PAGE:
Fever symptoms: What to look out for?
Although a raised body temperature is the definition of a fever, it’s often accompanied by other symptoms.
Common signs of fever to watch out for include:
If a fever is very high, it may be accompanied by any of the following symptoms:
If you experience any severe fever symptoms, it’s important to check your temperature right away and go see a doctor. A high temperature can be caused by many different types of infections and it’s important to address the underlying cause promptly.
How do I take my temperature?
Touching the forehead is a classic method to determine if someone’s temperature is raised, but it’s not very reliable. The only safe way to check if you or someone else has a fever is by measuring with a thermometer. Always read the label of the thermometer you are using.
Important! If your temperature is higher than 39.4°C, go see a doctor. High-grade fevers can be life-threatening if not treated promptly.
Mouth. Oral thermometers are a good option to measure temperature in adults. You should not drink anything 15 minutes before you take your temperature by mouth to avoid that a hot drink could affect the reading. Keep the thermometer underneath the tongue for around 20 seconds and keep your mouth closed. You can wash the device with a bit of soap afterward to keep it clean.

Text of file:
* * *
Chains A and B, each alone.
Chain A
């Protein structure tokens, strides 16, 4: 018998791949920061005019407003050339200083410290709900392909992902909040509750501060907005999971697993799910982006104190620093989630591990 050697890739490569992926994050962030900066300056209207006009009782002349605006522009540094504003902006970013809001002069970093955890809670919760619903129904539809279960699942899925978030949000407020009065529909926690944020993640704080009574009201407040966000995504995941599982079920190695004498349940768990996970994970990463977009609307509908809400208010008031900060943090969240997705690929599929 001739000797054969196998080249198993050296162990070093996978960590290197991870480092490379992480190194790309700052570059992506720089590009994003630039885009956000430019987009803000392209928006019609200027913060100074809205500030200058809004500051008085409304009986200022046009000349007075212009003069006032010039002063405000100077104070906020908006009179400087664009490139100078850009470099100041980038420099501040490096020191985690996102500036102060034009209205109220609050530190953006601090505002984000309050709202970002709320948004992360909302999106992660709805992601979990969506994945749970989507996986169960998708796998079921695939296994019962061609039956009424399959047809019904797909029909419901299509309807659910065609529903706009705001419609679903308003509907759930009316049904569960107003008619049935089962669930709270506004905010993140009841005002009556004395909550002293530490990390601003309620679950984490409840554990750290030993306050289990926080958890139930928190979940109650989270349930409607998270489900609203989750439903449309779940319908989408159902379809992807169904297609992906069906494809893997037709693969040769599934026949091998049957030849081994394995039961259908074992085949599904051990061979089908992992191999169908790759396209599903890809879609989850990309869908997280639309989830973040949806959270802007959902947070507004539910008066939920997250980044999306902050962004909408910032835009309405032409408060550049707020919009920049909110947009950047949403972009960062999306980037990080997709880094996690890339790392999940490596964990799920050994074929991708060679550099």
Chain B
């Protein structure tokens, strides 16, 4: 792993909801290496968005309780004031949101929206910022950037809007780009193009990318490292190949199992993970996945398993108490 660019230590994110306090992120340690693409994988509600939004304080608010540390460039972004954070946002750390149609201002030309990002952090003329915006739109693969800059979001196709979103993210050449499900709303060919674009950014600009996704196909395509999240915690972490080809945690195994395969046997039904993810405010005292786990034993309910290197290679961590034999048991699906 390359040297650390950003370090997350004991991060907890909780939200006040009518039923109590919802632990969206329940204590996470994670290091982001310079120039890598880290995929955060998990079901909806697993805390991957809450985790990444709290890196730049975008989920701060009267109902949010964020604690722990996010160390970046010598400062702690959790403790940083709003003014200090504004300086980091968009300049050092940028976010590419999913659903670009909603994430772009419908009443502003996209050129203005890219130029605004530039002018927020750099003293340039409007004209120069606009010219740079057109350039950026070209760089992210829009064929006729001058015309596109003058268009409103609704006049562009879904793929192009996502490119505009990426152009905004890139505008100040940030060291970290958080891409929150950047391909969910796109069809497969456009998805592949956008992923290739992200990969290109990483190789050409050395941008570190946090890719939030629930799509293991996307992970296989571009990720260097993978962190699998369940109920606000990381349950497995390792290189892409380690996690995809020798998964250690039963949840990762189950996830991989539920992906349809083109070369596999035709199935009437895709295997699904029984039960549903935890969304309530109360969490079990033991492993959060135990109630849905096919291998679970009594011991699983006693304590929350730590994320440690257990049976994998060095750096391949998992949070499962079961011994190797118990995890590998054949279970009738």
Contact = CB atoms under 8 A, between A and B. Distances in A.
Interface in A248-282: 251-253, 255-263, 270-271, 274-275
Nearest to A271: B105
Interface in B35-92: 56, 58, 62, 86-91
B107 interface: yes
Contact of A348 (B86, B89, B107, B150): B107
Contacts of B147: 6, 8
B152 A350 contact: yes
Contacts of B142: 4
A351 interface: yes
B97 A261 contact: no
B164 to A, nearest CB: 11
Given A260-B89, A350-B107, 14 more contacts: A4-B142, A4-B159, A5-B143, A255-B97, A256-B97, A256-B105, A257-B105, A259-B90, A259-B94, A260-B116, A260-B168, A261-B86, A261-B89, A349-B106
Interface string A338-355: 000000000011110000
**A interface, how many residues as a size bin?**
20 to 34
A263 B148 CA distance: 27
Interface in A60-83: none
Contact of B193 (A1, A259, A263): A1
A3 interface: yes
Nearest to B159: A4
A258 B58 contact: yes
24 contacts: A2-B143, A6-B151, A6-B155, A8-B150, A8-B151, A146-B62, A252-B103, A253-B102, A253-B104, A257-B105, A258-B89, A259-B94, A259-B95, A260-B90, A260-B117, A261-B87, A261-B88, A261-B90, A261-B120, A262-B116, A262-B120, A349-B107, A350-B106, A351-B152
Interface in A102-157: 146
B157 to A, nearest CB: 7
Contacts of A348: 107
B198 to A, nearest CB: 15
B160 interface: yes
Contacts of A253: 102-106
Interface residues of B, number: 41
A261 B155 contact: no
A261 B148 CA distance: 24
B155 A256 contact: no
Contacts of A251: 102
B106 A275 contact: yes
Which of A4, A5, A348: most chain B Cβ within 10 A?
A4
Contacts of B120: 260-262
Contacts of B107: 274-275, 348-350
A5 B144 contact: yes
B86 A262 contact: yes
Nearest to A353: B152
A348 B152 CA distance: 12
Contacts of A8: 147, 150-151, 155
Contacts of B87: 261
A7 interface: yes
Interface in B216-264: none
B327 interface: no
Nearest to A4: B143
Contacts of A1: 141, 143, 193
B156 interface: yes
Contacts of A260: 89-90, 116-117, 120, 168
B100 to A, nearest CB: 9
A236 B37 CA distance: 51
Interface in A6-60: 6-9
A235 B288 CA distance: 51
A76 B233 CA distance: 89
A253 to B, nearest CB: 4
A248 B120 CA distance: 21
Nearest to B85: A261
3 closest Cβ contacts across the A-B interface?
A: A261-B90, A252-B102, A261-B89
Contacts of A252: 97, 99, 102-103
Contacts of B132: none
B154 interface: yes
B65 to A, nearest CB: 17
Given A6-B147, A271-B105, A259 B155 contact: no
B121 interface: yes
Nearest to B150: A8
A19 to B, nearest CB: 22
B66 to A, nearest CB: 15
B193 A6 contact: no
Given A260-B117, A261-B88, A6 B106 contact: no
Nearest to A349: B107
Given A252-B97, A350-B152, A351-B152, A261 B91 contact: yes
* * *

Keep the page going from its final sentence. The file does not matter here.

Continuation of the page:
Ear. Thermometers that are held up against the ear are the most popular because they’re easy to use and very accurate. They’re also great to use with children for that reason. When you hold the thermometer to your ear, an infrared sensor will determine your temperature and the device displays a reading. But be careful not to insert the device too far into the ear canal.
Rectal. Rectal temperature readings are still the most accurate according to research studiesv. They’re also the better choice for babies under the age of six months because of the high accuracy. As the name suggests, the tip of the thermometer is inserted into the rectum—about one centimetre. Hold it in place for about 40 seconds. Once you have your reading, make sure to clean it properly.
An elevated body temperature is usually a sign of an infection of some kind but it can sometimes be difficult to pinpoint why you have a fever. The underlying causes can determine the severity and duration of your fever.
The more common conditions that can trigger a temperature include:
1. Infections: From flu to the common cold. A fever is a common sign of a viral or bacterial infection. You should check for other signs such as a runny nose, cough, body aches, and fatigues.
2. Immunisations or certain medications like antibiotics can cause a fever.
3. Tropical disease can cause fever.
If you’re not sure what’s causing your higher-than-normal temperature or if it doesn’t go away even after taking medication like Panadol, visit a doctor.